The Universe Exists because I said so...

I just finished reading Stephen Hawking and Leonard Mlodinow's new book called, The Grand Design. This book is typical of most scientists who simply use their books as a way to show that God does not exist. In this book they say, "spontaneous creation is the reason there is something rather than nothing, why the universe exists, why we exist. It is not necessary to invoke God to light the blue touch paper and set the universe going (pg. 180)."

My apologies to Stephen Hawking but his explanation for the existence of the universe is terrible. In any other area of our lives we would not accept such shallow and weak arguments. As an engineer I solve problems every day. Sometimes we will come up against a problem where we find a solution but the explanation is not adequate. We will say something like, "we fixed the problem, but we are not really sure why." This could mean that we don't understand what the fix is actually doing or it could mean that we did not fix the problem at all and it will come back to haunt us. Most of these times the problem will come back to haunt us. This book provides us with such a fix. It gives us an answer, but does not really satisfy the problem that it is addressing.

Hawkings' himself admits that the universe is fine tuned, but then he goes on to postulate that it is due to spontaneous creation. Is this really an answer? It is almost like a parent saying, "because I said so." This does not answer the complexity of the universe that we see around us. Nobody understands how the universe works completely in fact the more we investigate the less we seem to know. Do we understand the "quantum" world better than the Newtonian world? In fact, if we are being honest, we would have to admit that our understanding of the universe has decreased since the quantum world was discovered. What we thought we knew we did not actually understand.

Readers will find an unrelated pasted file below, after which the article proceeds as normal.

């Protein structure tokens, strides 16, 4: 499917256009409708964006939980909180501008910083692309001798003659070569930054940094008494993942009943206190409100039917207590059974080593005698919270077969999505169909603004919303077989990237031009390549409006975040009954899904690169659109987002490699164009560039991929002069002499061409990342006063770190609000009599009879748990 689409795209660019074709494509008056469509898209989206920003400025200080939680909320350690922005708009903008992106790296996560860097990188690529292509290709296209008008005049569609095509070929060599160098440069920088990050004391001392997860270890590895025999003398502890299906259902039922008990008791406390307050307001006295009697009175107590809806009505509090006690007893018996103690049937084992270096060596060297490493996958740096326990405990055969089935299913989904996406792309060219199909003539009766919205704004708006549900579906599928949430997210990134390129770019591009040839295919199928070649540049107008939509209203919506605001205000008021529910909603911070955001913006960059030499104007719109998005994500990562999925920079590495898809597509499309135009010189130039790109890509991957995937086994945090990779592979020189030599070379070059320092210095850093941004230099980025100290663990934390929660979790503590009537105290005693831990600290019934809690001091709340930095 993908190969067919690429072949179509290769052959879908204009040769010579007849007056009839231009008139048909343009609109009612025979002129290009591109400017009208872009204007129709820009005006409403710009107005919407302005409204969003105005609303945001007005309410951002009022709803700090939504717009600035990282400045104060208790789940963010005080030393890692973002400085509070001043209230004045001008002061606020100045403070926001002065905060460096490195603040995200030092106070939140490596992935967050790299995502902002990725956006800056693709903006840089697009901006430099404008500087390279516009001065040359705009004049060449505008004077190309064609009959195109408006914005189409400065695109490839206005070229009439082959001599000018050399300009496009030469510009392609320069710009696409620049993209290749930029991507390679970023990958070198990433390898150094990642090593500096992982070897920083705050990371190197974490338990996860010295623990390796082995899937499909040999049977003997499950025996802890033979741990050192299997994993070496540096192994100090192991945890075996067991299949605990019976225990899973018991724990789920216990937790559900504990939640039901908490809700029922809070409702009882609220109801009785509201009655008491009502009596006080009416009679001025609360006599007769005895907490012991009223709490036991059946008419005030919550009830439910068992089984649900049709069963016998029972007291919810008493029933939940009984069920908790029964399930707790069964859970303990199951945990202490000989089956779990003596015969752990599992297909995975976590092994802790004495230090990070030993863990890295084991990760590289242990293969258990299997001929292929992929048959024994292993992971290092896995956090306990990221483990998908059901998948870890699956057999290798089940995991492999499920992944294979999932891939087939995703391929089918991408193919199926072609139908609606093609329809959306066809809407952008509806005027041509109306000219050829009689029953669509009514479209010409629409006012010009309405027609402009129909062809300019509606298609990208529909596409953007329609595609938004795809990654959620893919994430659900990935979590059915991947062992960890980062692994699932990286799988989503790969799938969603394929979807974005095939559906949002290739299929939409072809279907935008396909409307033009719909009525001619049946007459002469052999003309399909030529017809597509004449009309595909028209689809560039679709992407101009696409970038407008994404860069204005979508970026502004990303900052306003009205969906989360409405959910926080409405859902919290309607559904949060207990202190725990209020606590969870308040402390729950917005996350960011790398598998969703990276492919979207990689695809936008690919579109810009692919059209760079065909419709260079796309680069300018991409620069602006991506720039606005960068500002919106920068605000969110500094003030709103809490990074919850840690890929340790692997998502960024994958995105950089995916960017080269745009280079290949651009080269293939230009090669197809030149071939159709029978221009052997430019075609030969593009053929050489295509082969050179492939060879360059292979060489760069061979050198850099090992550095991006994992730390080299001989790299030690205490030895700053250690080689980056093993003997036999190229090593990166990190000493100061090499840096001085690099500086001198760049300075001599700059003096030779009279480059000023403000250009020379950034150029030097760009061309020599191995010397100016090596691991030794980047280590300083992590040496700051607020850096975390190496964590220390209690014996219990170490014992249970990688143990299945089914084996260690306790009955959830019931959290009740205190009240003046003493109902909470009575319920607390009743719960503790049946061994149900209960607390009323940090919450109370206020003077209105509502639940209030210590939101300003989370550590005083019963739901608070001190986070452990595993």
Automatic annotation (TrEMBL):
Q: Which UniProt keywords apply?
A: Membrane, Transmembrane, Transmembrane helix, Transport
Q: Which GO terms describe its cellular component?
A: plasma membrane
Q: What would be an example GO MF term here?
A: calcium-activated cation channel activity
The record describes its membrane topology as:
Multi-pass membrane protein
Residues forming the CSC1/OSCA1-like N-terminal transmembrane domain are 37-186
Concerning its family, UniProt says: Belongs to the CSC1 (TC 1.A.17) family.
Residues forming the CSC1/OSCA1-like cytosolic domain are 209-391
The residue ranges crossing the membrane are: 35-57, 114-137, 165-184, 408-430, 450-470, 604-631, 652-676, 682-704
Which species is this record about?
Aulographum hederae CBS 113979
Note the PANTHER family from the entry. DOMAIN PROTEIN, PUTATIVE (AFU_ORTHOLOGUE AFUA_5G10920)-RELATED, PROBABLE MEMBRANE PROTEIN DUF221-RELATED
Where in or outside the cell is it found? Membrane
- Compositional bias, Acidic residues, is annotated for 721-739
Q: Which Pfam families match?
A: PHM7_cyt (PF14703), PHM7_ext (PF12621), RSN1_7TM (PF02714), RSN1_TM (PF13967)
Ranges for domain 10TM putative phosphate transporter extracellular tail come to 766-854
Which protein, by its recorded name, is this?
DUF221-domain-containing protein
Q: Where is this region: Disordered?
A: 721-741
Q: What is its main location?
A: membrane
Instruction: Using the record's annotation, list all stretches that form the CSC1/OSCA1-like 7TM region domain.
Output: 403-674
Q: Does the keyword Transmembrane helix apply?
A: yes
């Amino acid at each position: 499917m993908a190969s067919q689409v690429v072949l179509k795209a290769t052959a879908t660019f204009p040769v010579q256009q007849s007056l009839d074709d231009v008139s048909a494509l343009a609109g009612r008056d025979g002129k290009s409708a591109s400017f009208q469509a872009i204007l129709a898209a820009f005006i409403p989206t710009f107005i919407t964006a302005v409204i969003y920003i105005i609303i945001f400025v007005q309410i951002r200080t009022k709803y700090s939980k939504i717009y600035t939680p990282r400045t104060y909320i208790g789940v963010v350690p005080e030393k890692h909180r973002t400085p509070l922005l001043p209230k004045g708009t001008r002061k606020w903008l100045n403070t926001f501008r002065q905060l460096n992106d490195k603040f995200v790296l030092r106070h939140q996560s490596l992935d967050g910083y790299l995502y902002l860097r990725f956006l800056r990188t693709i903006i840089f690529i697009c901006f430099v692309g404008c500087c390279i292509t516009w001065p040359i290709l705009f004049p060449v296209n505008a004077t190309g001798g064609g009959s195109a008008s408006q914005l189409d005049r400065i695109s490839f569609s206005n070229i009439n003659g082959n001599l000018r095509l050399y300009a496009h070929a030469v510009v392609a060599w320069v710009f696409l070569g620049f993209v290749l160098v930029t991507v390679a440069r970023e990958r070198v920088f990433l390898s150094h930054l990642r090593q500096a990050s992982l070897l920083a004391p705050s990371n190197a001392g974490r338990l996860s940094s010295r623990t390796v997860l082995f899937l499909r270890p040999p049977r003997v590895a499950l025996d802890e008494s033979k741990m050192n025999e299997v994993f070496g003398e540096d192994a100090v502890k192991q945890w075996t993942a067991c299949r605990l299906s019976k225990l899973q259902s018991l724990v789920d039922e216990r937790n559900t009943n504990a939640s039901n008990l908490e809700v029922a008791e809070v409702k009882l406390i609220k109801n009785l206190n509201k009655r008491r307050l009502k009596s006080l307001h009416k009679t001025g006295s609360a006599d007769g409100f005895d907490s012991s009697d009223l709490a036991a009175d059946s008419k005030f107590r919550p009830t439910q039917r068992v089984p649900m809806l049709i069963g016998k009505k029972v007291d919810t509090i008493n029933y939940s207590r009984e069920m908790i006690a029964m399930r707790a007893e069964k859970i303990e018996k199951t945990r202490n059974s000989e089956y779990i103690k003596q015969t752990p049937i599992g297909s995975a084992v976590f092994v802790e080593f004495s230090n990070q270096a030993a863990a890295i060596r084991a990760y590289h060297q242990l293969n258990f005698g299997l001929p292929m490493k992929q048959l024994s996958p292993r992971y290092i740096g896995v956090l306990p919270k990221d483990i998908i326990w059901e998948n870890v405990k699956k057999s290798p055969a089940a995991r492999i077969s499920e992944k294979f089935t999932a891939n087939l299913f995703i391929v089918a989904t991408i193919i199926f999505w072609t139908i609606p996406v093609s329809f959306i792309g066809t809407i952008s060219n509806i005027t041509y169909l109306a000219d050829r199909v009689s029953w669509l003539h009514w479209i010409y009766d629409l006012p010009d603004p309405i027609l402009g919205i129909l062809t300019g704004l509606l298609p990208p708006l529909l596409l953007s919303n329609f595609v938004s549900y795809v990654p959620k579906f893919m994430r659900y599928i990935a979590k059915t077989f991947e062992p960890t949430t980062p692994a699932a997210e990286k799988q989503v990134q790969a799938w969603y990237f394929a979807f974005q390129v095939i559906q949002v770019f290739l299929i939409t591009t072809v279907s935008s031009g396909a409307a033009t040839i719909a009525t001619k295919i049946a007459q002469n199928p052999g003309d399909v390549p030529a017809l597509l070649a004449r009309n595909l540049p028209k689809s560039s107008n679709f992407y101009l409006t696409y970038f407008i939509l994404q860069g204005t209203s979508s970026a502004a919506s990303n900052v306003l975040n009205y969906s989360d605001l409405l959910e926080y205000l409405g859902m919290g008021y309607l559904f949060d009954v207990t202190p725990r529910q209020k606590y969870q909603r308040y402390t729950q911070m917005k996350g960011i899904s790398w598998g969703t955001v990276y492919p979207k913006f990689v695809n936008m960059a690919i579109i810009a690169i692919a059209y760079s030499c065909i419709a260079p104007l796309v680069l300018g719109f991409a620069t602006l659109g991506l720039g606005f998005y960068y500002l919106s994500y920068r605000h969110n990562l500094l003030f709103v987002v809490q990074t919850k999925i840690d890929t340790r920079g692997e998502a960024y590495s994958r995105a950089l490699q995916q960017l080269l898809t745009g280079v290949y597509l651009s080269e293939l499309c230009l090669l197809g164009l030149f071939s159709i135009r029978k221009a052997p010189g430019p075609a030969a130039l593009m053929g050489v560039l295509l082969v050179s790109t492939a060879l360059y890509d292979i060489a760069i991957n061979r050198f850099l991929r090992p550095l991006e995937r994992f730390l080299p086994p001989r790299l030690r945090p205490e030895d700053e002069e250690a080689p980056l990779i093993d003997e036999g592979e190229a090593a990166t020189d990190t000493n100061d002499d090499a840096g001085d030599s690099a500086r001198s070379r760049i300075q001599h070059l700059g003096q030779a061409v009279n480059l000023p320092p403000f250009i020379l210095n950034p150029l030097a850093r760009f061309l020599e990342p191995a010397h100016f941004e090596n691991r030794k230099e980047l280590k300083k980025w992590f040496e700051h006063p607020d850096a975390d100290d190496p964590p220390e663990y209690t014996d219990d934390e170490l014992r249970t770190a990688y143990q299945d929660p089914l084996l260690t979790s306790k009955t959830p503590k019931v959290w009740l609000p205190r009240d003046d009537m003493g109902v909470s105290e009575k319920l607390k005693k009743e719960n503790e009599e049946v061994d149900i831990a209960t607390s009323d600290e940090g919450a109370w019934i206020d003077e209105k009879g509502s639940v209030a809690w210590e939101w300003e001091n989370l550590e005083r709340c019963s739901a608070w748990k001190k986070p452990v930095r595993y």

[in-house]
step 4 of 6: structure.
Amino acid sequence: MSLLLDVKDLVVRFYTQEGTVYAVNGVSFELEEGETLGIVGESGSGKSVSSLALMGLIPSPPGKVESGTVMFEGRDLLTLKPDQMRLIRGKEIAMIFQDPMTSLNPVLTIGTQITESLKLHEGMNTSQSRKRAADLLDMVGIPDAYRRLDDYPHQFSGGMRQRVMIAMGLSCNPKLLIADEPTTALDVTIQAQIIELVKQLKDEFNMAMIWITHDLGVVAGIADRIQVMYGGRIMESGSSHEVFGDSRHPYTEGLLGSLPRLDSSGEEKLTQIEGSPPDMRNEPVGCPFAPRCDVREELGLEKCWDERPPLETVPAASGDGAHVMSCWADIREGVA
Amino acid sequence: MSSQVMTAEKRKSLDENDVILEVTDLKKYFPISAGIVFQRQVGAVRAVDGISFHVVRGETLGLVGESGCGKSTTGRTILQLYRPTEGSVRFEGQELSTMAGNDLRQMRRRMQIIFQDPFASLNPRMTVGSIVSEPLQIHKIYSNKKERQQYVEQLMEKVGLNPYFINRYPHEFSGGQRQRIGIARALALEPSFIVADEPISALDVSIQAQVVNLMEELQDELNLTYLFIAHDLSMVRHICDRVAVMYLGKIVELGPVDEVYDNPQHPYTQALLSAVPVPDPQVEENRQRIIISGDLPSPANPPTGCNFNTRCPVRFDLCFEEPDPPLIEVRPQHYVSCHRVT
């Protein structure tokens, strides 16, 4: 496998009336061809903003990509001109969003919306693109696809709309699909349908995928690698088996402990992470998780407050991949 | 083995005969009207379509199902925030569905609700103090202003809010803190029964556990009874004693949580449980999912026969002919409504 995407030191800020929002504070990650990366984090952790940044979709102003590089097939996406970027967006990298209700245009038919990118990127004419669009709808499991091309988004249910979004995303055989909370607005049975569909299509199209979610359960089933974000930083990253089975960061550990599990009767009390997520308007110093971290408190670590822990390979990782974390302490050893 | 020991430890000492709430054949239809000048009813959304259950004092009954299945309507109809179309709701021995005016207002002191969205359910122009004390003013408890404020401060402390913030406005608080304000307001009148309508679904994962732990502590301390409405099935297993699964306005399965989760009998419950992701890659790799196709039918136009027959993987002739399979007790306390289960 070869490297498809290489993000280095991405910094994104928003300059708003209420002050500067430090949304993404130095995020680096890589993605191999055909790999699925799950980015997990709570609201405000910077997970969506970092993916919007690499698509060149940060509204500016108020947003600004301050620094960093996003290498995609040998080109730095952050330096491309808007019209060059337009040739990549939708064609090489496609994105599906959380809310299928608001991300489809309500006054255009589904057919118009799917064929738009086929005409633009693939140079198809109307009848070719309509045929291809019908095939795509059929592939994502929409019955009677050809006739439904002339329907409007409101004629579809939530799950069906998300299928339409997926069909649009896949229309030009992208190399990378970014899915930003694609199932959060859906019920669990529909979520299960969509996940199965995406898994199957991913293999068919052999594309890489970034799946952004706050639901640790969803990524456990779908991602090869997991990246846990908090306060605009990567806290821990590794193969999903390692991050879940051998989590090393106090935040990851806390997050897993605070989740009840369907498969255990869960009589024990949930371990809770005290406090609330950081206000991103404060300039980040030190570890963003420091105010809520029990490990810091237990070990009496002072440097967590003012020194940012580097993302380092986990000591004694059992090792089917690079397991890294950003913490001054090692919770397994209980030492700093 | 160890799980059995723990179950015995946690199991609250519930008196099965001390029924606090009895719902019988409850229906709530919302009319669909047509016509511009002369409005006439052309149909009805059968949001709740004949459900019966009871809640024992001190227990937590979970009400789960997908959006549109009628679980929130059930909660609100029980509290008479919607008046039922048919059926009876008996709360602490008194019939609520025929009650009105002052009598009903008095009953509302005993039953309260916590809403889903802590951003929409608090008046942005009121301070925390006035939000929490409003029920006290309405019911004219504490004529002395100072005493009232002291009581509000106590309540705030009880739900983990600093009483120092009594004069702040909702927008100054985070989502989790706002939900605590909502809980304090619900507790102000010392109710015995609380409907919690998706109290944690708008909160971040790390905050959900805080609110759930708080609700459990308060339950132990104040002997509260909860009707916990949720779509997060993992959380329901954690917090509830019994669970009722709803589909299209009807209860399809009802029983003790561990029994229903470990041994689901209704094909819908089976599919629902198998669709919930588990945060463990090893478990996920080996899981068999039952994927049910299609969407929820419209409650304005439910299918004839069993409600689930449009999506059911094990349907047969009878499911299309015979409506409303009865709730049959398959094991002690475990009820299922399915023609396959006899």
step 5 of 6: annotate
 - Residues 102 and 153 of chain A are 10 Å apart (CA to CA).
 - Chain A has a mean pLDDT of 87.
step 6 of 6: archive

I learned a long time ago in problem solving, that you should trust your intuition. If a solution does not seem adequate then it probably is not and you should keep investigating until you find the right one, otherwise you will not really solve the problem. I think this is what can be said to physicists who think the universe came spontaneously into being, or to biologists who think that random chance brought the earth its beauty. Both of these solutions are inadequate to the problems they are trying to solve and we should not be content with their answers.

We know what cancer is but we can't stop it. Why is that? It is because we don't understand the human body enough. If we knew exactly what was happening then we could stop it, but we don't, so we can't. If we don't understand the human body as it is, then why do we think we know how it came to be, or how the whole universe came to be? Common sense should tell us that we really don't know that much after all, instead we tell ourselves that we know everything or at least how everything came to be. The answers that these scientists give us are inadequate because they don't know what they are talking about. The don't have enough understanding of the problem to give a solution.

It is like a child who tells an adult that children are made by big tummies. The child's observation is correct but he does not know that he is looking at the symptom, not the source of the problem he is trying to solve. It is often very hard to distinguish the two unless there is complete understanding. The child's observation lacks information and understanding. His answer also does not do justice to the miracle of a new born. Why is the child similar to his parents? The child gives his answer to the best of his knowledge but he is limited by what he knows, this is the current plight of the scientist.

There is nobody in the world who will convince me that something came from nothing, or that order was created by disorder. Those answers are unsatisfactory and do not explain the problems they are trying to solve.You don't need to be a physicist or a scientist to know that, you just need common sense and logic.  It seems philosophy is not dead after all.

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